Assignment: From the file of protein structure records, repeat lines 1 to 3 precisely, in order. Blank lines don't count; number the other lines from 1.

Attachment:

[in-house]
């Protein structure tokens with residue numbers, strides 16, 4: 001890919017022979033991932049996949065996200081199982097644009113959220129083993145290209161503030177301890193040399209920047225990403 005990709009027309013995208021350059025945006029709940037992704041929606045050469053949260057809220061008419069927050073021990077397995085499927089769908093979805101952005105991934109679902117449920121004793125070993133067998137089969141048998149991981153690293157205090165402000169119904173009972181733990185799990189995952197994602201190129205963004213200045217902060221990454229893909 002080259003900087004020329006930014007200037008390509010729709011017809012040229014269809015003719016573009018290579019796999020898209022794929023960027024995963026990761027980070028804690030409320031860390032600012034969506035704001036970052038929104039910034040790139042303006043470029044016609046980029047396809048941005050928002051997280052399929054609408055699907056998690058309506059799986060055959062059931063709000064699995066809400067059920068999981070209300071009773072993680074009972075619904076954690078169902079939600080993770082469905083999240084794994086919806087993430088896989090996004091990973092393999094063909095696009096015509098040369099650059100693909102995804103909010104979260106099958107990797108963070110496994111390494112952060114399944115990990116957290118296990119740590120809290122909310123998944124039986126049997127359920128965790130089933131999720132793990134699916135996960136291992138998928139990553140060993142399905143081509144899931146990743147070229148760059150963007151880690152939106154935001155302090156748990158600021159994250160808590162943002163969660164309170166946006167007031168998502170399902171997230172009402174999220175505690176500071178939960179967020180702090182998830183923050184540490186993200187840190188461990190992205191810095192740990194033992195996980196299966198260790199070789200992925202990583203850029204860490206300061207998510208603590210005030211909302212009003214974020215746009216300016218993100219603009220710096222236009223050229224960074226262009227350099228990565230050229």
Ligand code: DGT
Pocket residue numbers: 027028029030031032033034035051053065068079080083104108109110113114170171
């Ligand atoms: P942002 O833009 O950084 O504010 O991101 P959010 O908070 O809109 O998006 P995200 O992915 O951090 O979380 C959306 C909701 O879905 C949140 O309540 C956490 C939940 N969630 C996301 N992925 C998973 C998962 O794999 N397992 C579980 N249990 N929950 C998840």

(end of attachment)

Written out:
[in-house]
């Protein structure tokens with residue numbers, strides 16, 4: 001890919017022979033991932049996949065996200081199982097644009113959220129083993145290209161503030177301890193040399209920047225990403 005990709009027309013995208021350059025945006029709940037992704041929606045050469053949260057809220061008419069927050073021990077397995085499927089769908093979805101952005105991934109679902117449920121004793125070993133067998137089969141048998149991981153690293157205090165402000169119904173009972181733990185799990189995952197994602201190129205963004213200045217902060221990454229893909 002080259003900087004020329006930014007200037008390509010729709011017809012040229014269809015003719016573009018290579019796999020898209022794929023960027024995963026990761027980070028804690030409320031860390032600012034969506035704001036970052038929104039910034040790139042303006043470029044016609046980029047396809048941005050928002051997280052399929054609408055699907056998690058309506059799986060055959062059931063709000064699995066809400067059920068999981070209300071009773072993680074009972075619904076954690078169902079939600080993770082469905083999240084794994086919806087993430088896989090996004091990973092393999094063909095696009096015509098040369099650059100693909102995804103909010104979260106099958107990797108963070110496994111390494112952060114399944115990990116957290118296990119740590120809290122909310123998944124039986126049997127359920128965790130089933131999720132793990134699916135996960136291992138998928139990553140060993142399905143081509144899931146990743147070229148760059150963007151880690152939106154935001155302090156748990158600021159994250160808590162943002163969660164309170166946006167007031168998502170399902171997230172009402174999220175505690176500071178939960179967020180702090182998830183923050184540490186993200187840190188461990190992205191810095192740990194033992195996980196299966198260790199070789200992925202990583203850029204860490206300061207998510208603590210005030211909302212009003214974020215746009216300016218993100219603009220710096222236009223050229224960074226262009227350099228990565230050229």
Ligand code: DGT